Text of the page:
Now take your waist measurement and your hip measurement and divide them both by 4.
On pattern paper, draw a rectangle that is your hip measurement divided by 4, by the length that you want the skirt to be.
If we were cuboids, this would be enough, but as we’re not, a dart needs to be added at the waist.
To work out how wide the dart needs to be at the top of the triangle, calculate the difference between your hip measurement divided by 4 and your waist measurement divided by 4.
So if your waist measurement is 80 cm, it becomes 20 cm, and if your hip measurement is 100 cm, it becomes 25 cm, and the difference between them is 5 cm.
To draw the dart, find the halfway point on the short edge of the rectangle and draw a line downwards 10 cm long.
Mark 2.5 cm on either side, then join these to the point at the end of the line to form a triangle.
If you were going to make this up into a straight fitting skirt, you would probably want to curve it a little bit on one side, but for our purposes it is fine to leave it as it is.
Adapting the Skirt Pattern
The skirt pattern will be modified in a similar way to the bodice in that the darts can be used to draw pieces that are the correct size and shape.
The first thing to do is to cut out the dart.
Now find the centre of the bottom hem and draw a line up to the bottom of the dart.
Cut along the line almost to the dart.
Bring the edges of the dart together and stick them with tape. The cut you made will open up. This could be used to make an A line skirt if you wanted to.
Draw round your skirt pattern onto pattern paper. You might want to add a bit of a curve to the hem.
Joining the Bodice and Skirt Pieces and Redrawing Them
At this stage, you should have 1 skirt piece and 3 bodice piece, 1 back and 2 front. The last job is to combine bodice pieces with skirt sections to make the pieces for the princess seam dress.
For this you’ll need your pattern pieces and some more pattern paper.
It will be easiest to start with the back as you’ll be cutting the skirt in half for the front sections.
On top of a piece of pattern paper, line up the bodice back and the skirt so that the bottom of the bodice matches up with the waist line of the skirt. You might need to overlap them a little bit. If that’s the case, then make sure that the centre line runs straight down from the bodice to the bottom of the skirt, then overlap the rest as needed.
For some mysterious reason, the bodice part of mine was a couple of cm wider, so when I drew round it, I added extra cm to the skirt.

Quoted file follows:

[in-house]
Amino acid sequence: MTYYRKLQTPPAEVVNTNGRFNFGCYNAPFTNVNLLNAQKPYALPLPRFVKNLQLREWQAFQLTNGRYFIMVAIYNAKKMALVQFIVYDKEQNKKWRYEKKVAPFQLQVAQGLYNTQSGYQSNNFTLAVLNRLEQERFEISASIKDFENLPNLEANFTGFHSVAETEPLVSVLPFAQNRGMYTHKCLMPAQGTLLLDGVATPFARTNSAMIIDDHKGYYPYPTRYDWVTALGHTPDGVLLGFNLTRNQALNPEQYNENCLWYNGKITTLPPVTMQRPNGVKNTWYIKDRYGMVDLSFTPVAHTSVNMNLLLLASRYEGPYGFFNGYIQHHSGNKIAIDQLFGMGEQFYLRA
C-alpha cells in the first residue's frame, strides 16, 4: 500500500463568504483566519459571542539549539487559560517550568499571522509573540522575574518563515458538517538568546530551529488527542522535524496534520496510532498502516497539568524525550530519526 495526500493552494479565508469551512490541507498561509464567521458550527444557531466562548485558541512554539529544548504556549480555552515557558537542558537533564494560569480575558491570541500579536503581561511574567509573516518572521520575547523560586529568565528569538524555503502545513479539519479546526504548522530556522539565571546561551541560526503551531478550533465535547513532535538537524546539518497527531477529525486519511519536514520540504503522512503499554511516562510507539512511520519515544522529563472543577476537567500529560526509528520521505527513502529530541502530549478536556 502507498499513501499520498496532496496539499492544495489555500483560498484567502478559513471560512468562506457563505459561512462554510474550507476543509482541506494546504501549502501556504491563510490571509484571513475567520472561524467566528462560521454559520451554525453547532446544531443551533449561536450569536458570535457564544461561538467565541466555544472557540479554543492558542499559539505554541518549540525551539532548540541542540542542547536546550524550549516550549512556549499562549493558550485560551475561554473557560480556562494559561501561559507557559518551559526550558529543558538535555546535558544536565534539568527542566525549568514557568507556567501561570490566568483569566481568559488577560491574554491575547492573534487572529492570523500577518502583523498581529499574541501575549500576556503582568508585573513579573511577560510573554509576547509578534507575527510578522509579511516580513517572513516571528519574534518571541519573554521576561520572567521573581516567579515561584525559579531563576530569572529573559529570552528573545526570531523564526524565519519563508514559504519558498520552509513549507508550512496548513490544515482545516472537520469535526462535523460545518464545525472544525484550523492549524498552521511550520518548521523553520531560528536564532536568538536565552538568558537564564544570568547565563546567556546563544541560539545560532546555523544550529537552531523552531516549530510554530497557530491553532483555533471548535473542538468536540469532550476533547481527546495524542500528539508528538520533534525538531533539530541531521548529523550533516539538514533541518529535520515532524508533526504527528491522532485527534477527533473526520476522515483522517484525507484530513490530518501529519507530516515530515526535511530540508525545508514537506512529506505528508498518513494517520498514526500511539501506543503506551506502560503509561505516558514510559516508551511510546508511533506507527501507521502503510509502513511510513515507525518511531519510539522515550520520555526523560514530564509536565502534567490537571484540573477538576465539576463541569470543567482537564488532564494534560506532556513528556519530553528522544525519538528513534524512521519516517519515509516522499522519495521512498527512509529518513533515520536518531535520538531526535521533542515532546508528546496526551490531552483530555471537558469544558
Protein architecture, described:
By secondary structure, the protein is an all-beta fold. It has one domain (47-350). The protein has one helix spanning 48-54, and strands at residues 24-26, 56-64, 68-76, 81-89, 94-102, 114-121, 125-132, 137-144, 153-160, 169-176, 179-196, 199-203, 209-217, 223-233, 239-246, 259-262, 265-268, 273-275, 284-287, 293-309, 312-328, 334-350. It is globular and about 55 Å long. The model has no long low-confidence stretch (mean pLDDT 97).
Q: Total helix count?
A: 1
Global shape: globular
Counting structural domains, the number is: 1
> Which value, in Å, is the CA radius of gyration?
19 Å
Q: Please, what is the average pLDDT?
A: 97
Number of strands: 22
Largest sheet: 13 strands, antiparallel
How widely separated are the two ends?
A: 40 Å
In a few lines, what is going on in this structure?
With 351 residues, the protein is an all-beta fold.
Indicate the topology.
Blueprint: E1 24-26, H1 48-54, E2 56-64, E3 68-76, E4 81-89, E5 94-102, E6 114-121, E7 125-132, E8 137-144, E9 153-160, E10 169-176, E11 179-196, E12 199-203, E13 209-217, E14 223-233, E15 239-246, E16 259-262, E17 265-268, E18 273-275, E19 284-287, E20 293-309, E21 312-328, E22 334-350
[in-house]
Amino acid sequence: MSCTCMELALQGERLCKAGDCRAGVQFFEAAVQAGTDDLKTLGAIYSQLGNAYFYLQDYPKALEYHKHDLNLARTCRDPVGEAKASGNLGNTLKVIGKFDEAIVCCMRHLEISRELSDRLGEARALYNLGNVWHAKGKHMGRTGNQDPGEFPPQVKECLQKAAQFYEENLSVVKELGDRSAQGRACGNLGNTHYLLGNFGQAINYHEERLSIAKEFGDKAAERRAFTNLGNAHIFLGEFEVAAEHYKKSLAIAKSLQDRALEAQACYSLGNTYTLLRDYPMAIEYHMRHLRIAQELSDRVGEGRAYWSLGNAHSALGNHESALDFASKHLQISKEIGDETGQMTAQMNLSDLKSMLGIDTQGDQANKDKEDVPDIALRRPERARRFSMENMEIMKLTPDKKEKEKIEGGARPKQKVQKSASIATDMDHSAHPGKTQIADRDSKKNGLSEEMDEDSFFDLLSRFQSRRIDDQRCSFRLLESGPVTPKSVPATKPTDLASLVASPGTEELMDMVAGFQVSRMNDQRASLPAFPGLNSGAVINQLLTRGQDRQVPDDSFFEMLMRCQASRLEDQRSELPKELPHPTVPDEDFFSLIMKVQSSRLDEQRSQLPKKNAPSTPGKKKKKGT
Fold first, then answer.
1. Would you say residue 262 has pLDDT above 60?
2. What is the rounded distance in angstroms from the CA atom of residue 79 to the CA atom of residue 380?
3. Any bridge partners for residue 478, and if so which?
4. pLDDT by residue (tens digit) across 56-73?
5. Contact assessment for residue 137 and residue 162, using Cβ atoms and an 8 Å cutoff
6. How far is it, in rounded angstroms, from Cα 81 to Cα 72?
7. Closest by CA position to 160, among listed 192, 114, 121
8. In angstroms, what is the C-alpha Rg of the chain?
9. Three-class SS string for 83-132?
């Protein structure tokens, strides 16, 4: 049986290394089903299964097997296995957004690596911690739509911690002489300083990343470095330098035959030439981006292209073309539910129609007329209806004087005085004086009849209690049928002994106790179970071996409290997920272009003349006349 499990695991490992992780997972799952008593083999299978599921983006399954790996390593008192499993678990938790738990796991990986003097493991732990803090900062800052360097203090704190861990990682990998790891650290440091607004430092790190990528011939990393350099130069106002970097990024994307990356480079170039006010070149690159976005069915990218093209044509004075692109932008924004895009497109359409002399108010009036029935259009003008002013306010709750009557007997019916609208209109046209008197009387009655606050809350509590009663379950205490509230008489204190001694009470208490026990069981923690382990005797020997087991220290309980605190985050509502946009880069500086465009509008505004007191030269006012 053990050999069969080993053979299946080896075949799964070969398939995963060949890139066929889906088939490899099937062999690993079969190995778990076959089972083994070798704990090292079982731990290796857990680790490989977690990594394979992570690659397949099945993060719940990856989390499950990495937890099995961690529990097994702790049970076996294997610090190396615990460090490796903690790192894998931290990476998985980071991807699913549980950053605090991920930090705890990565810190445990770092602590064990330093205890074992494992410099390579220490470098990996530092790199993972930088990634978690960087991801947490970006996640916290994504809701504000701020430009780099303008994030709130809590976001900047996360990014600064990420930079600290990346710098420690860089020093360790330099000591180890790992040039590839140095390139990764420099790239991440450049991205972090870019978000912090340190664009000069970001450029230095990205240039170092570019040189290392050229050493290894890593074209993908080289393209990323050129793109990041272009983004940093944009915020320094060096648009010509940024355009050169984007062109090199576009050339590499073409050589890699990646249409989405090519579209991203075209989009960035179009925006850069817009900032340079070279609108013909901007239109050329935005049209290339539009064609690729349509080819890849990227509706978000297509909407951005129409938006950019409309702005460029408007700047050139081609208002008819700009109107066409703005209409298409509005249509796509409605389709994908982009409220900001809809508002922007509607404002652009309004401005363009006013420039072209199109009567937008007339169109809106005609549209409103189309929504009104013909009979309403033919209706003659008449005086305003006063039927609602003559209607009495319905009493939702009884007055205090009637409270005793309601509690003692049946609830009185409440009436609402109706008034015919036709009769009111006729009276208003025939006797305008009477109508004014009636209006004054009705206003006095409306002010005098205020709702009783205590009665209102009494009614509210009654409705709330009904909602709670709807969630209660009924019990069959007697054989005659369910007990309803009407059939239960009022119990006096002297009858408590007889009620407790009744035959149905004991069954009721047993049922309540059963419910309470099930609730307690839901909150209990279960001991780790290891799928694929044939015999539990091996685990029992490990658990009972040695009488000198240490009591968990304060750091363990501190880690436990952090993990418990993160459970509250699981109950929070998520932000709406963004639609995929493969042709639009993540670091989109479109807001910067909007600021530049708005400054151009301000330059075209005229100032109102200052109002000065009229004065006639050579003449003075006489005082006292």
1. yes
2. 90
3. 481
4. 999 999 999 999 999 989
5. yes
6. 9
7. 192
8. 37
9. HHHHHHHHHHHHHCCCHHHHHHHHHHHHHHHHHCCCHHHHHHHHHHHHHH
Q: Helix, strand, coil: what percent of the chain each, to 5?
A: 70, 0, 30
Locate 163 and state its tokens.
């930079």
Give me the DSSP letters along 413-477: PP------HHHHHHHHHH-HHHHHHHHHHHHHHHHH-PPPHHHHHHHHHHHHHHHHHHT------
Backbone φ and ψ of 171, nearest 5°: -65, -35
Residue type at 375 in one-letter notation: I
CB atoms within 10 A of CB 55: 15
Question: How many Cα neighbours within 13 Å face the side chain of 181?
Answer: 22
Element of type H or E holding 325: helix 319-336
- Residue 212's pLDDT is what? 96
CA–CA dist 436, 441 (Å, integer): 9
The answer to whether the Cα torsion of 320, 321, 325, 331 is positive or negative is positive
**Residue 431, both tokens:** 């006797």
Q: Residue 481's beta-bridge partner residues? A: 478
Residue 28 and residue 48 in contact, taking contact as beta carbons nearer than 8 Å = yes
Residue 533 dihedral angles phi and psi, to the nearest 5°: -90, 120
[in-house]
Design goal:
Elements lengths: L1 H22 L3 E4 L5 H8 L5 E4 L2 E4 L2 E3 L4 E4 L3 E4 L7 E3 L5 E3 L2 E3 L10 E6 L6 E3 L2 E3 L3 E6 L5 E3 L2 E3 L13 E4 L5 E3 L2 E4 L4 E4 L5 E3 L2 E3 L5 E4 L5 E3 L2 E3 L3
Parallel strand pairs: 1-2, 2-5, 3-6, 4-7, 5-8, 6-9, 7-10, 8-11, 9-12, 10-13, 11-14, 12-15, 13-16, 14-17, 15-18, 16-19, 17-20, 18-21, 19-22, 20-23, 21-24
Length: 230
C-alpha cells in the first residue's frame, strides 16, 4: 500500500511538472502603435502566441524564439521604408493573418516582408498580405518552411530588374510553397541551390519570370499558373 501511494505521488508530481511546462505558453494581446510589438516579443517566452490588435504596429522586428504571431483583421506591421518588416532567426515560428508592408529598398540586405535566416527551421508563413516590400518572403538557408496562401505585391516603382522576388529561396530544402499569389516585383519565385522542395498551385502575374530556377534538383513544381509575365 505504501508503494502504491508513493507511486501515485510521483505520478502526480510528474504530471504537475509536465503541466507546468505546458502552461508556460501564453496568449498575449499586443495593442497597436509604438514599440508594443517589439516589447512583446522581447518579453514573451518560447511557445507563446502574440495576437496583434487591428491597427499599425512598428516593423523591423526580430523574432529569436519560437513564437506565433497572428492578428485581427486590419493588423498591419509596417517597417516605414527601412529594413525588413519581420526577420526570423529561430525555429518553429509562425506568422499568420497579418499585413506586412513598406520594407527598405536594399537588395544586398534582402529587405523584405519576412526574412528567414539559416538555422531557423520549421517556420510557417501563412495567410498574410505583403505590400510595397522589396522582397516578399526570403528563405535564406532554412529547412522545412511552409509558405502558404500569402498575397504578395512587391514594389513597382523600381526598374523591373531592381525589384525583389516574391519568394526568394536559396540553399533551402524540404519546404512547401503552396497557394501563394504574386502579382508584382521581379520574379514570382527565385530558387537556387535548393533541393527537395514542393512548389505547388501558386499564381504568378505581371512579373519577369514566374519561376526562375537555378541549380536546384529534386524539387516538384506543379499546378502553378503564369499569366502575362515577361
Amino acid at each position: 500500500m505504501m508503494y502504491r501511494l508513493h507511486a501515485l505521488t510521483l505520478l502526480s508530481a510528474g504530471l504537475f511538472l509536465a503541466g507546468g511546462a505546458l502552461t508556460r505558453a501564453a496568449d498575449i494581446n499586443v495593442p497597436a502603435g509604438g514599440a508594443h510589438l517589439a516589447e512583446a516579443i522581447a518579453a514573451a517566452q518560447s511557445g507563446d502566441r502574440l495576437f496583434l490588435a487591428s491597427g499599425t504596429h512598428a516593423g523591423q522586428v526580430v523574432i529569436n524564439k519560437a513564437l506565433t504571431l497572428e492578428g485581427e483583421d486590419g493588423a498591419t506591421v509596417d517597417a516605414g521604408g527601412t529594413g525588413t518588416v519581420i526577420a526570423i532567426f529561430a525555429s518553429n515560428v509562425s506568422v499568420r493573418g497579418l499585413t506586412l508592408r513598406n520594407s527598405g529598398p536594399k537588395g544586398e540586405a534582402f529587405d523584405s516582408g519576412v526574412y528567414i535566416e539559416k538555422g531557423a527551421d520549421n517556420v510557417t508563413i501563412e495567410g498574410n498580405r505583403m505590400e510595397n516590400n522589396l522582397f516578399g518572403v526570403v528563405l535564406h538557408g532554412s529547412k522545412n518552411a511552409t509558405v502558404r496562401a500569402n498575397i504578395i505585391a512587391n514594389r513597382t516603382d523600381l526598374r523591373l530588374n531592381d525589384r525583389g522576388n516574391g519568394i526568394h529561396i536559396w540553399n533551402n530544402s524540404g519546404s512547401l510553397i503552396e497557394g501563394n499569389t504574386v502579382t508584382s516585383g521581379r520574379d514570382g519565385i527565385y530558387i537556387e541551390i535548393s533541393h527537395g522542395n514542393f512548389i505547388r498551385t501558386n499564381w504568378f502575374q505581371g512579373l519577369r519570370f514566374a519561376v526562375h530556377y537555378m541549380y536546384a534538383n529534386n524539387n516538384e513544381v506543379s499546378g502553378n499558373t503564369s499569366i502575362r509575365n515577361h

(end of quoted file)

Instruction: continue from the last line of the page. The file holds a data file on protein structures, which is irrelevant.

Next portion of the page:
Once you’ve drawn round it, draw round it again adding a 2 cm (3/4 inch) seam allowance.
The back piece of your pattern for your dress with princess seams is ready!
Joining the Bodice Front Pattern Pieces to the Skirt
The first thing to do is cut the skirt into 2 pieces. To do this, find the centre of the hem edge and fold from there to where the dart was. Cut along the fold. It’s a good idea to write on them which is the side piece and which is the centre to avoid getting into a muddle in a minute.
Now match the waistline of the bodice pieces to the waistline of the skirt. Check with your back section to make sure that the waist is in the same place and that the front and back are the same length. If you needed overlap the back pieces, overlap the front pieces in the same way.
Draw round them and add a 2 cm (3/4 inch) seam allowance.
Getting Ahead/ Making a Toile
I’ve discovered that there is a little bit of trial and error involved in drafting patterns yourself.
Checking the fit first is always a good idea, especially if the fabric you have chosen was expensive (this is a good idea with bought patterns too!).
One option is to pin the pattern pieces together and hold it up against yourself or pin it on to a dress form, but the safest thing to do is to make a toile. Traditionally a toile is made from muslin, but I normally use £3 a metre polycotton. If you have an old sheet or something similar, that will do nicely.
The instructions for sewing the dress with princess seams together will be in a future post, but if you want to make a head start on the cutting out, you will need:
2 back pieces, cut on folded fabric
2 front side pieces, also cut on folded fabric
1 centre front, cut on the fold
Happy pattern drafting and keep an eye out for the instructions!